What Is A Chapter 13 Bankruptcy? What Requirements Need To Be Met To File A Chapter 13 Bankruptcy?
In essence, Chapter 13 bankruptcy allows eligible individuals to agree to a payment plan that will help them catch up with their expenses after having fallen behind due to any number of reasons, such as an unexpected job loss. This type of bankruptcy is available only to individuals and sole proprietorships (other business entities are not eligible).
Many cases of Chapter 13 bankruptcy involve individuals who have fallen behind on their mortgage and do not want to lose their home. The money owed on the mortgage, which is referred to as arrears, is added to the Chapter 13 payment plan, along with other debts. Chapter 13 payment plans usually last for three to five years. These plans can be anywhere from zero percent to 100 percent, which means a person could pay zero percent of their unsecured debt, 100 percent of their unsecured debt, or some percentage in between. For every year that a person is on a Chapter 13 payment plan, they are required to give tax returns over $500 to the bankruptcy court.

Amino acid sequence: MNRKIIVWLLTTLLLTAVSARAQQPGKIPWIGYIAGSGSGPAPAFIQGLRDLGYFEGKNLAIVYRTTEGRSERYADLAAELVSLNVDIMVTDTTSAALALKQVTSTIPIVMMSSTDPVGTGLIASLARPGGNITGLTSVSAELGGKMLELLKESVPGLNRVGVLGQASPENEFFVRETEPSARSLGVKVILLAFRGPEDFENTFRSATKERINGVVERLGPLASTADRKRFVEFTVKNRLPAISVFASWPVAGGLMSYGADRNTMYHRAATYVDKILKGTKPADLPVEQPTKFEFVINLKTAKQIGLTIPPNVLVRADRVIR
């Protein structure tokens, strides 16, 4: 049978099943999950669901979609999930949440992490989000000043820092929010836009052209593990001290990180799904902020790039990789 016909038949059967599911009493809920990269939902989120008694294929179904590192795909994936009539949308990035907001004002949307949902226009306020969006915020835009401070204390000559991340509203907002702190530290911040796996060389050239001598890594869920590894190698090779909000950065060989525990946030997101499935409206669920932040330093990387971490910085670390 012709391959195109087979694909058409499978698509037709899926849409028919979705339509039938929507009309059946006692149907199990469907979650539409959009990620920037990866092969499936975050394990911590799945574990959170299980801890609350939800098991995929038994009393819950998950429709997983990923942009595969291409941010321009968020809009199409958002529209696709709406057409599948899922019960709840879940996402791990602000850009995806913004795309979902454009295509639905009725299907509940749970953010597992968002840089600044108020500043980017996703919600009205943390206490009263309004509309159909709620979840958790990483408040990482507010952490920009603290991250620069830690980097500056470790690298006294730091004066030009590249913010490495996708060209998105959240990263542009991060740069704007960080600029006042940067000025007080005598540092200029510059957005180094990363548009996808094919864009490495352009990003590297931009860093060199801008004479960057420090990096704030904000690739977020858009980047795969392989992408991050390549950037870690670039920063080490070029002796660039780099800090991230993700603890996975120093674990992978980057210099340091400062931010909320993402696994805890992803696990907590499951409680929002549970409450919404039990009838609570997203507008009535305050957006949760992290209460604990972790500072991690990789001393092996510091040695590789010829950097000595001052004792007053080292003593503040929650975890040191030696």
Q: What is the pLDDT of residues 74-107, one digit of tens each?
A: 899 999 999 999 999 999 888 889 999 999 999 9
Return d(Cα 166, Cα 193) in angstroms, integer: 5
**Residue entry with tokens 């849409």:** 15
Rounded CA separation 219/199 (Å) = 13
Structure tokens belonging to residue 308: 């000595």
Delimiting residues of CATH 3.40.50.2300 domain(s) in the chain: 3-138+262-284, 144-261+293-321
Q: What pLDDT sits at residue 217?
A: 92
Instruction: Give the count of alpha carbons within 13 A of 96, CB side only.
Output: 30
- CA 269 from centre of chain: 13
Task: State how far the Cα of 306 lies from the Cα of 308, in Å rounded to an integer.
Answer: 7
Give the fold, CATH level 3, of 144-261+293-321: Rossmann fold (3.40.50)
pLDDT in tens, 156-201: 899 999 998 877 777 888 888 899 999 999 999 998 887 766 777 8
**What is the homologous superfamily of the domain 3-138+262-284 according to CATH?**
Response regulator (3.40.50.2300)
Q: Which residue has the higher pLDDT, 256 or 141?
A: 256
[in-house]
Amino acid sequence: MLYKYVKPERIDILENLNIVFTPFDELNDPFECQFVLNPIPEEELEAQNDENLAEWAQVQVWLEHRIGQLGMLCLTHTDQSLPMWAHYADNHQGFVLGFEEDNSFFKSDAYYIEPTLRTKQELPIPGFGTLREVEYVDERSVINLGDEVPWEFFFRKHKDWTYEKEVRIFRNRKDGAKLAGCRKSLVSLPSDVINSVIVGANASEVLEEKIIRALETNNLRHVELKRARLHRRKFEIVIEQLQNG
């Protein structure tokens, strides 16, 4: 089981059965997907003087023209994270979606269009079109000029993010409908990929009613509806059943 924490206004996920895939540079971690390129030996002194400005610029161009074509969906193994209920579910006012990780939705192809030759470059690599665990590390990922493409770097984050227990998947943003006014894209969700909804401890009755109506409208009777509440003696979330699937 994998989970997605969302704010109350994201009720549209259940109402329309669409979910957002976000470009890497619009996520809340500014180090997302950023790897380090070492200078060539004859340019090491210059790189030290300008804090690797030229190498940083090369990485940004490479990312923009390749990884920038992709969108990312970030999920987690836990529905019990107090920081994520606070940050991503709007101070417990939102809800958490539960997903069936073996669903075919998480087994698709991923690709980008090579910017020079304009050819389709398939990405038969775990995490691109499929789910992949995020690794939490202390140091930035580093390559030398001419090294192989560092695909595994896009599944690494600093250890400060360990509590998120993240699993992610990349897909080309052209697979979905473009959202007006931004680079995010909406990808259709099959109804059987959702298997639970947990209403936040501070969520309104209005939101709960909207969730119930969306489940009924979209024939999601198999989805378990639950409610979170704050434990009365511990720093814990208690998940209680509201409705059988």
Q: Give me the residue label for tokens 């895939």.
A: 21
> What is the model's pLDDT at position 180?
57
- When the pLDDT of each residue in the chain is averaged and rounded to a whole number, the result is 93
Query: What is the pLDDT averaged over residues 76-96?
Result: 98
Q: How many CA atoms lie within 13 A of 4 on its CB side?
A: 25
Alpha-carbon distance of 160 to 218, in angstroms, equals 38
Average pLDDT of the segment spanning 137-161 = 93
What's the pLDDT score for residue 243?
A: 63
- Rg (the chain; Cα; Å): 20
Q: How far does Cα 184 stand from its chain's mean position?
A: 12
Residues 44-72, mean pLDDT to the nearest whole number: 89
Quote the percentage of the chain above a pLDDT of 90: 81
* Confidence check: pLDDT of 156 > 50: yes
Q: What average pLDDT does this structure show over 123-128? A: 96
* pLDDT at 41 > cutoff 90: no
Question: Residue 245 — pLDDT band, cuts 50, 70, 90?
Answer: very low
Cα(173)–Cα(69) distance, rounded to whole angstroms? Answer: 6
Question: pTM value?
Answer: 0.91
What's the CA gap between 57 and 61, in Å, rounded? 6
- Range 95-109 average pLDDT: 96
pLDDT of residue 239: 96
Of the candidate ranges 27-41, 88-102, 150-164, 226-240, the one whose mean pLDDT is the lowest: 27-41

What Assets Will I Be Able To Keep After Filing For Chapter 13 Bankruptcy?
For the most part, the exemptions in a Chapter 13 bankruptcy are the same as those in a Chapter 7 bankruptcy, which means assets that fall within California exemptions 703 or 704 can be kept. In a Chapter 13 bankruptcy, the court generally won’t ask that non-exempt assets be sold, because unsecured creditors are being paid their fair share of what the assets are worth through the Chapter 13 payment plan.
For more information on Chapter 13 Bankruptcy In California, a free initial consultation is your next best step. Get the information and legal answers you are seeking by calling (818) 900-5794 today.
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